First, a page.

Aquaculture for all

New Development: Viet Nam Looks Out to Sea

Economics Politics +2 more

VIET NAM - The nation plans to develop its maritime economy into the main driving force for economic growth.

Plans for the maritime sector, which includes fisheries, aquaculture and coastal and island tourism, aim to have the sector accounting for more than half of national Gross Domestic Product (GDP) by 2020.

This month’s issue of our monthly news magazine Outlook goes out to sea to examine the nation’s marine economy, which currently contributes only 12 per cent of GDP. The magazine, which goes on sale in Ha Noi, HCM City and other major centres this morning, finds that to achieve the nation’s goal of boosting the marine economy, we must update technology in the sector, raise the skills of workers, fine-tune the long-term vision for the... marine economy and resolve territorial water disputes that are limiting Viet Nam’s exploitation of its seas.

Our cover stories find that fisheries are becoming more efficient, but out-dated technology and other inefficiencies are still holding back some fishermen. We take a look at a new aquaculture project that aims to help farmers raise prawns in a more sustainable way, and hit the beach at scenic Lang Co Bay, where authorities hope recent international recognition of the area’s beauty will spur tourism and development.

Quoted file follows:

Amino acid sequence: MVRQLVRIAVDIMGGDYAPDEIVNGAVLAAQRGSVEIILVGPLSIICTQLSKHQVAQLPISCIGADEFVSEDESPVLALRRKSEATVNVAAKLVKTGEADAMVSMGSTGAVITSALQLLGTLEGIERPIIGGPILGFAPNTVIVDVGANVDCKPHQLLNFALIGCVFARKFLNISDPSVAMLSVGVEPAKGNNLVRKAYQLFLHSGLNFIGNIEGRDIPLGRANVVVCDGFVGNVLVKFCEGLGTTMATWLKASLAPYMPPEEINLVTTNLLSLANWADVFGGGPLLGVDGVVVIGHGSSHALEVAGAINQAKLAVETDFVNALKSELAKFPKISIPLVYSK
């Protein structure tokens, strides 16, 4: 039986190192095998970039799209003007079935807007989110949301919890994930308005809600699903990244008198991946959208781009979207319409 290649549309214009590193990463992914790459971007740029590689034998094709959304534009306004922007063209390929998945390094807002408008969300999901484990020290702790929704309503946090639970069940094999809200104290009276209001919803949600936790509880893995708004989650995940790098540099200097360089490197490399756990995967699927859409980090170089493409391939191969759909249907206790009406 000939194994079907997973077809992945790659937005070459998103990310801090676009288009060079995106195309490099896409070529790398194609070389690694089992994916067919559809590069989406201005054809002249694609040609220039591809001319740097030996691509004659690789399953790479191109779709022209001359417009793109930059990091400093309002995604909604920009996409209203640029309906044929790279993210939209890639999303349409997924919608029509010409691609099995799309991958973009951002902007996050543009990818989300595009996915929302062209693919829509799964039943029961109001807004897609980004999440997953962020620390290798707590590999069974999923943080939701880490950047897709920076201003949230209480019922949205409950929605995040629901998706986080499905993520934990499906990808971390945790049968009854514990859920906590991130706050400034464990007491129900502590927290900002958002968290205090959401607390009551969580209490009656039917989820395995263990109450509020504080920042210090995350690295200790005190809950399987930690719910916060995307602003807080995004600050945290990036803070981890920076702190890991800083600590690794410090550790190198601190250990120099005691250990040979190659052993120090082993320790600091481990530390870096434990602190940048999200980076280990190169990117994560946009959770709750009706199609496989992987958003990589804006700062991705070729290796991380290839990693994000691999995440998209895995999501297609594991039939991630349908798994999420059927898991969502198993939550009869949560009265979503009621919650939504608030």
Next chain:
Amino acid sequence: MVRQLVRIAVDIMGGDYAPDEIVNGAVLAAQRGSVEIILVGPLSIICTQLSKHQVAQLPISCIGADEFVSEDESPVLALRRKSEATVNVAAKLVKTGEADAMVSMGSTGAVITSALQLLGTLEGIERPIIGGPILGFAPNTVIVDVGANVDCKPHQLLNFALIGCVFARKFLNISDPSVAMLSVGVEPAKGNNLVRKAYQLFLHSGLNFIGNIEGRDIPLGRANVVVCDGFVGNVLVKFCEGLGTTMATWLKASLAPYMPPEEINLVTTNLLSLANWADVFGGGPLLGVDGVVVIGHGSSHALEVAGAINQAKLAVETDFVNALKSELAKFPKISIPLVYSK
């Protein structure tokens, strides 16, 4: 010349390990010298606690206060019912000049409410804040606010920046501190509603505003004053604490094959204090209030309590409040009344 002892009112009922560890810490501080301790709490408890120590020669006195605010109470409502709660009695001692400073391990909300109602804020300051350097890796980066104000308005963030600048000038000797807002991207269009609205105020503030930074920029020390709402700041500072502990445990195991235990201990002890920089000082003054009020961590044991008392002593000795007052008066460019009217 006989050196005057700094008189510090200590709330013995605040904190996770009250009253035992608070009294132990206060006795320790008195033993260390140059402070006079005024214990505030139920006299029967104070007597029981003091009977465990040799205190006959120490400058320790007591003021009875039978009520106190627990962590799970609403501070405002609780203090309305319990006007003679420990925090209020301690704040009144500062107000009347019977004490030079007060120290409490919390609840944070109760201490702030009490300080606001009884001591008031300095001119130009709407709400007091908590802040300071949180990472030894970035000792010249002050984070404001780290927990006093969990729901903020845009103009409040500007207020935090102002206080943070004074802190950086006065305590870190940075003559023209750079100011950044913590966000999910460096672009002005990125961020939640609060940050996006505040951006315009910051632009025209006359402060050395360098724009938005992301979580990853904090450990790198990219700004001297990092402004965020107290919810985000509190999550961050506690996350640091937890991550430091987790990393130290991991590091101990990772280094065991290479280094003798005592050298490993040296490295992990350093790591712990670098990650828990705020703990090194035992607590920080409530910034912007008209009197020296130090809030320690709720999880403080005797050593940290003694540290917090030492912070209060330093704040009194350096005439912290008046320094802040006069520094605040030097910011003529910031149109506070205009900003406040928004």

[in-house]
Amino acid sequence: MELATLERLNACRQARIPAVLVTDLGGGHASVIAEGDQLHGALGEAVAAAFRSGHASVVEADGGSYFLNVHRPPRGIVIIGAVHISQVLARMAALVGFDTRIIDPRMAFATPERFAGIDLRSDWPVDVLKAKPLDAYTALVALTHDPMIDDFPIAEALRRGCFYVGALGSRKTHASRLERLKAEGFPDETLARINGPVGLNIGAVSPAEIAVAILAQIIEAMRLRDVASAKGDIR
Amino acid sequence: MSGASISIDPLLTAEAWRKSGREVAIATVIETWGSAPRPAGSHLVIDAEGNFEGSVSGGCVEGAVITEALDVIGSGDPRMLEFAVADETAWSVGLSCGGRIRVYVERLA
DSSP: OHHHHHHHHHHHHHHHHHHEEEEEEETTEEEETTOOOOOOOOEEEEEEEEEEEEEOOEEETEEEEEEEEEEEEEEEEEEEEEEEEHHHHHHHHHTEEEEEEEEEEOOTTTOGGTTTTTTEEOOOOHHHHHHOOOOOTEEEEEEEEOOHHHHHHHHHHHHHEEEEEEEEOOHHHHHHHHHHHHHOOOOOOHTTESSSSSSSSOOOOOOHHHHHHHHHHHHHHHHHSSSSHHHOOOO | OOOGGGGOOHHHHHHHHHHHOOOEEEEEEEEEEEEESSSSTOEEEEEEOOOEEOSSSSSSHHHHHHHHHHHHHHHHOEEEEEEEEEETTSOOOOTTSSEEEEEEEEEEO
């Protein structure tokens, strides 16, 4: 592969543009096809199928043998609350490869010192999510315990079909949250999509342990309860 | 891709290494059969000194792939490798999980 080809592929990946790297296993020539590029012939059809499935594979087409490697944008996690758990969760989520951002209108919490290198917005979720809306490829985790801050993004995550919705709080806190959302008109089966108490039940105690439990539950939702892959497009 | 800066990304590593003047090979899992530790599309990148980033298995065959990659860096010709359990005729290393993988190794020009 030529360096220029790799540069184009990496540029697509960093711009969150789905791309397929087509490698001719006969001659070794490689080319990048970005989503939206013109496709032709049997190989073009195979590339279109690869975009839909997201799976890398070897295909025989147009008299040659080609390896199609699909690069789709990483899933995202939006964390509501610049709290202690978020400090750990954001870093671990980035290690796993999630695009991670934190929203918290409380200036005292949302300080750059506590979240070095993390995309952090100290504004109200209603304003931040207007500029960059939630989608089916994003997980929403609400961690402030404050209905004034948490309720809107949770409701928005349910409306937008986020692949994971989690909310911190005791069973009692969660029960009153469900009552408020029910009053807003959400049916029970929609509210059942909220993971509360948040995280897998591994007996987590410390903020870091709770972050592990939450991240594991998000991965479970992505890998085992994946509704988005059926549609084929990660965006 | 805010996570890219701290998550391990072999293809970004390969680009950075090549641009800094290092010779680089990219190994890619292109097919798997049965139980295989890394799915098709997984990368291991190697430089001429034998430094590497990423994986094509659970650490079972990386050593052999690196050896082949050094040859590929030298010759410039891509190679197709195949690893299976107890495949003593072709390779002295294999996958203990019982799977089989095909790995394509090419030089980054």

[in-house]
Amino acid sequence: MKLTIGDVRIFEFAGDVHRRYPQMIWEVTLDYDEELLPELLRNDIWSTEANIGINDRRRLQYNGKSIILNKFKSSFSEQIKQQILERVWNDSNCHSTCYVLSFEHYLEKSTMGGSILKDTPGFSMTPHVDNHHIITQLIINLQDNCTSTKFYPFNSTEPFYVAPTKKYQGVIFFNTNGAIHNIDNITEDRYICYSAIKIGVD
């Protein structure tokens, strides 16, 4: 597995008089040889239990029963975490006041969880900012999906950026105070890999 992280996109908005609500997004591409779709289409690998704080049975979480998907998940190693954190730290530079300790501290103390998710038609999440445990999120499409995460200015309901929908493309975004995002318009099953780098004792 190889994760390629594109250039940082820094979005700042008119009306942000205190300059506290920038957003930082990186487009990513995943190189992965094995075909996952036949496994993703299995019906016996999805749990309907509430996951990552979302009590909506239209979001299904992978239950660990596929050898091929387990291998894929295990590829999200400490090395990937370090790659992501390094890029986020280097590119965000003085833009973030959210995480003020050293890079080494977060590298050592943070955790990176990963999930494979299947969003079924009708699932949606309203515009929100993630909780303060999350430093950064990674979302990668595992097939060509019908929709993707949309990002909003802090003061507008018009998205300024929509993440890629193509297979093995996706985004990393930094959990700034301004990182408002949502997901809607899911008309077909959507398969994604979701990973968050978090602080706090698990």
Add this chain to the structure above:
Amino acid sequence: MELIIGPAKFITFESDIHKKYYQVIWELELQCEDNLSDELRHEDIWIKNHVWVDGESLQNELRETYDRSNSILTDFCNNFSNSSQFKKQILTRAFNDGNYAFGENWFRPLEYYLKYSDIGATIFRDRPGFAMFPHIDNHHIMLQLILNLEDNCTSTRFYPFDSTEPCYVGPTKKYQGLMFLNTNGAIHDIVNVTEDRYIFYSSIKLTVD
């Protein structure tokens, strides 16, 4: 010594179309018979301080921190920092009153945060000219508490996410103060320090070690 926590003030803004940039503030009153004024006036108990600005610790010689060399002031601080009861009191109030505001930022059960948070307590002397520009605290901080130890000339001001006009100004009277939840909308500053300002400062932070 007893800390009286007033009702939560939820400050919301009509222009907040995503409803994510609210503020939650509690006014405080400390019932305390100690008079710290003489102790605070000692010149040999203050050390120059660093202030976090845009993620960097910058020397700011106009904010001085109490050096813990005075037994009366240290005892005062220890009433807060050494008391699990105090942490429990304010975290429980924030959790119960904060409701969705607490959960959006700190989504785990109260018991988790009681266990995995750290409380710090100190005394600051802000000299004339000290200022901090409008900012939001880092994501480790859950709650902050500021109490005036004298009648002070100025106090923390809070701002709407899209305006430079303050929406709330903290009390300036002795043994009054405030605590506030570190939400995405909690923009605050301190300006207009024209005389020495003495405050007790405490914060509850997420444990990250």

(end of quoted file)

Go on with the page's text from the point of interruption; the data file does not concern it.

Our seas and islands special also takes readers to some of Viet Nam’s most far-flung islands: the Truong Sa (Spratly) Archipelago, where Vietnamese people have turned barren islands into vibrant communities. We also provide an insight into the history of the Hoang Sa (Paracel) islands and hear about new evidence supporting Viet Nam’s sovereignty over the archipelago.

Elsewhere in this issue we meet one of the country’s top violin players, take a ride with the motorbike cavalry in HCM City and tell the story of the man who developed a Vietnamese version of the bazooka to fight the French invaders.

Outlook’s regular news round-up summarises the major news developments locally and around the world. Readers can also catch up on what’s hot and not in the country’s culinary, sports and arts scenes, and check out our listings for everything from bars to embassies.

Create an account now to keep reading

It'll only take a second and we'll take you right back to what you were reading. The best part? It's free.

Already have an account? Sign in here